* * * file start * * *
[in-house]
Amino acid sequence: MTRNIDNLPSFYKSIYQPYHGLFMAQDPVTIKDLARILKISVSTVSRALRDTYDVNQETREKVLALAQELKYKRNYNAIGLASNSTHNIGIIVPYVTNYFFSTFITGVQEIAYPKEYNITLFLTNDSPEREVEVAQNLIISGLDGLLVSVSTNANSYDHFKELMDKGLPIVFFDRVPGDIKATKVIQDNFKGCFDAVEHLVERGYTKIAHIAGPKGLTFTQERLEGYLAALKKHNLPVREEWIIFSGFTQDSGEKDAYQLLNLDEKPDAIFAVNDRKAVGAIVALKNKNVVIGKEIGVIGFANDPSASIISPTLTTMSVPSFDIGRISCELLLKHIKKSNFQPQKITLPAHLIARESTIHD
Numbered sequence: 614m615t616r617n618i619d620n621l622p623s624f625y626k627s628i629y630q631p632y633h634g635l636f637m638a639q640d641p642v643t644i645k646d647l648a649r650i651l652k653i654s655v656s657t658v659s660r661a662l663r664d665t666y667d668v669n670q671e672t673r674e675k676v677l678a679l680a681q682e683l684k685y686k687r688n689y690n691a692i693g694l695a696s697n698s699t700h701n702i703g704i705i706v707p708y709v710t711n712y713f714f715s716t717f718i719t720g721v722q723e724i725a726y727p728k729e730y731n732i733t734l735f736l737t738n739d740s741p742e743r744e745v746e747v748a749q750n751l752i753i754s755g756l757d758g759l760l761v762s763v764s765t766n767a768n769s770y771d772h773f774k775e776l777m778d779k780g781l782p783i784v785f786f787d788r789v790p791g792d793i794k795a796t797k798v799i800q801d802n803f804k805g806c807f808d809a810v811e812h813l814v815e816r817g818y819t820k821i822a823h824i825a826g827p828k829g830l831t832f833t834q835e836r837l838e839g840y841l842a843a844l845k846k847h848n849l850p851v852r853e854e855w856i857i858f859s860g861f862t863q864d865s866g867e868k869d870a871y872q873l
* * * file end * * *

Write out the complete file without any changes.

[in-house]
Amino acid sequence: MTRNIDNLPSFYKSIYQPYHGLFMAQDPVTIKDLARILKISVSTVSRALRDTYDVNQETREKVLALAQELKYKRNYNAIGLASNSTHNIGIIVPYVTNYFFSTFITGVQEIAYPKEYNITLFLTNDSPEREVEVAQNLIISGLDGLLVSVSTNANSYDHFKELMDKGLPIVFFDRVPGDIKATKVIQDNFKGCFDAVEHLVERGYTKIAHIAGPKGLTFTQERLEGYLAALKKHNLPVREEWIIFSGFTQDSGEKDAYQLLNLDEKPDAIFAVNDRKAVGAIVALKNKNVVIGKEIGVIGFANDPSASIISPTLTTMSVPSFDIGRISCELLLKHIKKSNFQPQKITLPAHLIARESTIHD
Numbered sequence: 614m615t616r617n618i619d620n621l622p623s624f625y626k627s628i629y630q631p632y633h634g635l636f637m638a639q640d641p642v643t644i645k646d647l648a649r650i651l652k653i654s655v656s657t658v659s660r661a662l663r664d665t666y667d668v669n670q671e672t673r674e675k676v677l678a679l680a681q682e683l684k685y686k687r688n689y690n691a692i693g694l695a696s697n698s699t700h701n702i703g704i705i706v707p708y709v710t711n712y713f714f715s716t717f718i719t720g721v722q723e724i725a726y727p728k729e730y731n732i733t734l735f736l737t738n739d740s741p742e743r744e745v746e747v748a749q750n751l752i753i754s755g756l757d758g759l760l761v762s763v764s765t766n767a768n769s770y771d772h773f774k775e776l777m778d779k780g781l782p783i784v785f786f787d788r789v790p791g792d793i794k795a796t797k798v799i800q801d802n803f804k805g806c807f808d809a810v811e812h813l814v815e816r817g818y819t820k821i822a823h824i825a826g827p828k829g830l831t832f833t834q835e836r837l838e839g840y841l842a843a844l845k846k847h848n849l850p851v852r853e854e855w856i857i858f859s860g861f862t863q864d865s866g867e868k869d870a871y872q873l